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Tackling adolescent smoking and vaping

December 10, 2020 | Community

Young people standing together holding anti-tobacco signs in protest.

As if there weren’t enough reasons for adolescents to avoid tobacco use, here’s yet another: Young adults who smoke or vape are five to seven times more likely to contract COVID-19 and to experience the virus’s more serious symptoms.

Even without added COVID-19 risks, tobacco remains the leading cause of preventable death and disease in this country, says Dr. Albert Rizzo, American Lung Association Chief Medical Officer. And adolescence is the prime time to start smoking: Almost 90% of today’s adult daily smokers started by the age of 18.

In 2014, CVS Health became the first and only national retail pharmacy to address this public health crisis by removing tobacco products from stores.

“The sale of tobacco products was inconsistent with our company purpose, which is helping people on their path to better health,” says Eileen Howard Boone, SVP, Corporate Social Responsibility & Philanthropy. “Removing tobacco products from our stores was the right thing to do for the health of our customers, clients and community.”

CVS Health also launched its Be The First initiative in 2016. The five-year, $50 million project partnered with community organizations to help raise the first tobacco-free generation.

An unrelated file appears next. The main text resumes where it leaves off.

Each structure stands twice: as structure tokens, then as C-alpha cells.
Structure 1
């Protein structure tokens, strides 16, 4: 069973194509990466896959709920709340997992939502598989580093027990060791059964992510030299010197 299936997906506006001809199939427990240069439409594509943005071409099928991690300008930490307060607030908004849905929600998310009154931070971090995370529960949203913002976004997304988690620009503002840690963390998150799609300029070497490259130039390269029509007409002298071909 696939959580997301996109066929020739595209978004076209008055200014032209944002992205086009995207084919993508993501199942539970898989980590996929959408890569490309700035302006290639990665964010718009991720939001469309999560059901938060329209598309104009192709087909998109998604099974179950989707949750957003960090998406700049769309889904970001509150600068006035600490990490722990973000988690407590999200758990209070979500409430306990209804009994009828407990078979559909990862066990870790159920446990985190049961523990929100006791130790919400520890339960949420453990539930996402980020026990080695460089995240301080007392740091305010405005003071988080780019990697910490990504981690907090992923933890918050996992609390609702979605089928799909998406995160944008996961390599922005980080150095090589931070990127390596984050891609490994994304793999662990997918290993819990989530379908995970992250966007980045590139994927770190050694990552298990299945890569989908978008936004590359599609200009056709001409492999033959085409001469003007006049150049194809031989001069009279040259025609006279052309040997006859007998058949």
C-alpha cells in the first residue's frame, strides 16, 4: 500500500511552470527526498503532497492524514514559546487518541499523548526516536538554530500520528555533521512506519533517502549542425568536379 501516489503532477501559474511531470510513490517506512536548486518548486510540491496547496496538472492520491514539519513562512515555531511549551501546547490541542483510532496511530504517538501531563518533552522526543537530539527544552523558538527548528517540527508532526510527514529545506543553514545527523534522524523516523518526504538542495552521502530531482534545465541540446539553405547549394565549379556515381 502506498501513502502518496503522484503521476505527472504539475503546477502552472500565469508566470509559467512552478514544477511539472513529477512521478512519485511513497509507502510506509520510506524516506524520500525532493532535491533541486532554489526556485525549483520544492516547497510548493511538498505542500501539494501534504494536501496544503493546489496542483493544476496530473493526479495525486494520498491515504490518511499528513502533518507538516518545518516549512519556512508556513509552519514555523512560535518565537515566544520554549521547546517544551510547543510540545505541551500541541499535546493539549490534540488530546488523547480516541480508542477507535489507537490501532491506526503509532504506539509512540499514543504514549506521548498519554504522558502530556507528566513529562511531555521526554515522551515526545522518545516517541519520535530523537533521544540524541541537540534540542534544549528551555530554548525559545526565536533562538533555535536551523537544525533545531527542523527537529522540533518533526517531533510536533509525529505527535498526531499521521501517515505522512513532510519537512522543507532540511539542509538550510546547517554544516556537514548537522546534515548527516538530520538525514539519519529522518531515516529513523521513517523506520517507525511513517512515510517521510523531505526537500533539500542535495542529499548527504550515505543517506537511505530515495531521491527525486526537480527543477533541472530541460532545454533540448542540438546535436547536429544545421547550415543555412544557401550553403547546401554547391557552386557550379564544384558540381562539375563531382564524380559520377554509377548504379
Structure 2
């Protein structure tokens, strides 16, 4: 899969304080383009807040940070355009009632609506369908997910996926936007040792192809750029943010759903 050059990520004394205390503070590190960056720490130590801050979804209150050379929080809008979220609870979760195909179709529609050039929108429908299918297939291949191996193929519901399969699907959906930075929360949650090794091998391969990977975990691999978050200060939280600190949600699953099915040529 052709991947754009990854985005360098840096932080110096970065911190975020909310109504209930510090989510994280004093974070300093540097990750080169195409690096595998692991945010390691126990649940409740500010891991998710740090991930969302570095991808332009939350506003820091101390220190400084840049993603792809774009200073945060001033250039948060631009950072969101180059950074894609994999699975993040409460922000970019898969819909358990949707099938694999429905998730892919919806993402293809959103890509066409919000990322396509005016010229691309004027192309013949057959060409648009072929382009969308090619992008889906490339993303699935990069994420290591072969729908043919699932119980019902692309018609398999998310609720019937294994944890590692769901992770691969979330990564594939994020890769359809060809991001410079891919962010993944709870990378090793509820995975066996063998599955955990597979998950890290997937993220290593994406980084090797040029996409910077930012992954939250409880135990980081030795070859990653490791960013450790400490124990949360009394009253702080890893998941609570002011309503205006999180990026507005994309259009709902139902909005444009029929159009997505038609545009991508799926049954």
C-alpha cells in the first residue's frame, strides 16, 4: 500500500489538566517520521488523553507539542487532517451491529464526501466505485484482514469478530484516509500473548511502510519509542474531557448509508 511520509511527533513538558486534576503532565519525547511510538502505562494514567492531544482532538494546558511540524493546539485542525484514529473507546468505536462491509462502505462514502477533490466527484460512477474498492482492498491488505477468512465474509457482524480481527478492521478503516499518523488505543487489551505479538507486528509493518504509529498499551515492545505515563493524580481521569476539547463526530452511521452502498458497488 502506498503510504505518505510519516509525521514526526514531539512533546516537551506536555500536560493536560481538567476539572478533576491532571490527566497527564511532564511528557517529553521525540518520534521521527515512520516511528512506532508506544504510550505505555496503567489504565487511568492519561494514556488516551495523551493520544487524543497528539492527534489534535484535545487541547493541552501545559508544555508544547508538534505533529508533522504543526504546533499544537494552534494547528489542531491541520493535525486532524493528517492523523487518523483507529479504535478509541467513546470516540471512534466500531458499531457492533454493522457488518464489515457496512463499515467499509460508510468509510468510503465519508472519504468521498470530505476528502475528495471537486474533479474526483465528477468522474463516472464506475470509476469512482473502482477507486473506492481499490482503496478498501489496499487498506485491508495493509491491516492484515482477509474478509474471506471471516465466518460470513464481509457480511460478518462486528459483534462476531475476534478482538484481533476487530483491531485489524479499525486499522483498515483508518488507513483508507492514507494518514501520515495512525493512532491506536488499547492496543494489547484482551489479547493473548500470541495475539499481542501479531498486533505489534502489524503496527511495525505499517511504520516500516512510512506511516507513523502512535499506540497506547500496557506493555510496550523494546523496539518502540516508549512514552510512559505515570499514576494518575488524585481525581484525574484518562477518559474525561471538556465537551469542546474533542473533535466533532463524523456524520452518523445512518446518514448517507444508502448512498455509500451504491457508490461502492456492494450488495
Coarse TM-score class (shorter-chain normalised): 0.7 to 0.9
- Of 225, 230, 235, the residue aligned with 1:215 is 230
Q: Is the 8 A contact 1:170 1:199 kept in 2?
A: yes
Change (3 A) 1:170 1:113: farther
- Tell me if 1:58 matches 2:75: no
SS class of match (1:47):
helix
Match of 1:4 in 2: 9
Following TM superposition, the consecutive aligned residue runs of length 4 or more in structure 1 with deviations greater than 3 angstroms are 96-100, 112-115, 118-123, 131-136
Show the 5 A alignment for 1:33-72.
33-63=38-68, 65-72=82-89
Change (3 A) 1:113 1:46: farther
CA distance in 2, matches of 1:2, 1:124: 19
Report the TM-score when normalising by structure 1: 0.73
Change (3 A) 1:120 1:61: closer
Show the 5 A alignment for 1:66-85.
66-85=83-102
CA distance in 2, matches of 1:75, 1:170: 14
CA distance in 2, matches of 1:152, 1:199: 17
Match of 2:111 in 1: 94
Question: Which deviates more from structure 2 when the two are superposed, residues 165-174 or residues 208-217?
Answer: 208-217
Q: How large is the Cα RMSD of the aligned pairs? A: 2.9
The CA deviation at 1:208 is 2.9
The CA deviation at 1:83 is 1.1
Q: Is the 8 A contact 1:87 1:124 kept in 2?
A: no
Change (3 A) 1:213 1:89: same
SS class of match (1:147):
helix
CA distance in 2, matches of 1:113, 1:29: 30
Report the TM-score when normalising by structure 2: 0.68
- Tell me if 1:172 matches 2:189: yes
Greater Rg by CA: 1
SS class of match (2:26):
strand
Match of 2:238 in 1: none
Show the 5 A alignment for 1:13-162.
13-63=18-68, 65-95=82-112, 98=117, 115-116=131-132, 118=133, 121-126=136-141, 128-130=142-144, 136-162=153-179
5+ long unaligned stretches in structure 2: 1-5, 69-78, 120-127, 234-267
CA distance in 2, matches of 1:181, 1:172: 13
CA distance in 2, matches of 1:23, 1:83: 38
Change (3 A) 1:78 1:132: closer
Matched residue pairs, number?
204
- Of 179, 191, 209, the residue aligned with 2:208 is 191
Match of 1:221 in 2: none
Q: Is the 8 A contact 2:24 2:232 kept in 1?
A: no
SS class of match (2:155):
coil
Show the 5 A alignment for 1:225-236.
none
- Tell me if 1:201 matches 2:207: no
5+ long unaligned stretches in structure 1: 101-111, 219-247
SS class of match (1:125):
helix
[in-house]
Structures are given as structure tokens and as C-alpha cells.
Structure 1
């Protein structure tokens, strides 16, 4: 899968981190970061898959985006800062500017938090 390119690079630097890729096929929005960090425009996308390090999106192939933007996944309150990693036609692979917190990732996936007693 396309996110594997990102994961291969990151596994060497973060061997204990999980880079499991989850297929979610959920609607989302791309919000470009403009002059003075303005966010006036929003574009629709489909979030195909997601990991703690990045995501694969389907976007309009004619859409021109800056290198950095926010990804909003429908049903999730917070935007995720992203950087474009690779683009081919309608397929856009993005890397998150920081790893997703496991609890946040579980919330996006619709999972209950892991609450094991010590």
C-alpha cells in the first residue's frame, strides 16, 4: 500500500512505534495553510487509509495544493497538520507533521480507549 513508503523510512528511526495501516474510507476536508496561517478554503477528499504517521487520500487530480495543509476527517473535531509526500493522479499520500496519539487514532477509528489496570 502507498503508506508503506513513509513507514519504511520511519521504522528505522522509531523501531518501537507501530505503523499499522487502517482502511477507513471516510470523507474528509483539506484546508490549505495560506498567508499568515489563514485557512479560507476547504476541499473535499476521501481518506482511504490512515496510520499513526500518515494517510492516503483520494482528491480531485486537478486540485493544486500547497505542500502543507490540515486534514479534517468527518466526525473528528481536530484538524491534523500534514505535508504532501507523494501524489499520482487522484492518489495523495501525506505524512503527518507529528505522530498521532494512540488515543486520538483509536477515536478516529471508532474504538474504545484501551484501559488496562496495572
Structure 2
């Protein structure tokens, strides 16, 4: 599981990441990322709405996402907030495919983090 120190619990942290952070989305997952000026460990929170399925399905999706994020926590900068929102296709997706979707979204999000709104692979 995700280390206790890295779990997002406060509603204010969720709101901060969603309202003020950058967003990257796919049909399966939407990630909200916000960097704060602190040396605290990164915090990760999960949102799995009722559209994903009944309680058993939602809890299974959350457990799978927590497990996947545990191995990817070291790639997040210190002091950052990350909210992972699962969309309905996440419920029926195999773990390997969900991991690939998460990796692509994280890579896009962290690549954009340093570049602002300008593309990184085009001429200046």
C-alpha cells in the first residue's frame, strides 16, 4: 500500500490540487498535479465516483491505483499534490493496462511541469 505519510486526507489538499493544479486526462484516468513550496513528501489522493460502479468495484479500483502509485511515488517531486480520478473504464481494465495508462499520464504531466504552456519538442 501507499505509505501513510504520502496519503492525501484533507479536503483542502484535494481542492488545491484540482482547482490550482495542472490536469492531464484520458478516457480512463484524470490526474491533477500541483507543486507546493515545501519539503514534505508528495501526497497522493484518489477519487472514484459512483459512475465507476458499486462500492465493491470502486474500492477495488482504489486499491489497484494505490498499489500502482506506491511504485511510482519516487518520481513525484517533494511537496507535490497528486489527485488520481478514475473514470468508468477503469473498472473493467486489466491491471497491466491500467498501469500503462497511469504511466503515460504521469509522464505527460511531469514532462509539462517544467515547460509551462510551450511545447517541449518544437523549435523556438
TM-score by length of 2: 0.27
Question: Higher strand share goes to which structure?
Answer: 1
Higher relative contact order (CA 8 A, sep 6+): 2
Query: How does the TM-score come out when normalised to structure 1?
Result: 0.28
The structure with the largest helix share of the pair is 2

Be The First is informed by three pillars: education & awareness, advocacy and healthy behaviors. The program’s education initiative focuses on the dangers of tobacco with the help of partners like the CATCH Global Foundation, creators of CATCH My Breath — a youth electronic cigarette and vaping prevention program.

For the program’s second pillar of youth advocacy, The CVS Health Foundation partnered with Campaign for Tobacco-Free Kids, which offers comprehensive youth advocacy training.

“Being able to give youth tools and resources to promote tobacco-free living in their communities helps move the needle,” Eileen says.

The third, and maybe most important pillar, promotes healthy behaviors. To that end, the company partnered with the Yale Center for Health & Learning Games, which launched an interactive video game that significantly increases e-cigarette risk perception.

After five years, Be The First reached 15 million youth with its messaging and exceeded many of its objectives.

Then non-traditional tobacco products — e-cigarettes — arrived.

Although use is trending down, 3.6 million youth still use e-cigarettes — epidemic proportions, states the Surgeon General.

Facing this new challenge, CVS Health will continue to work toward a tobacco-free generation, says Eileen, and to spread the bottom-line message: “No amount of nicotine is safe for young people.”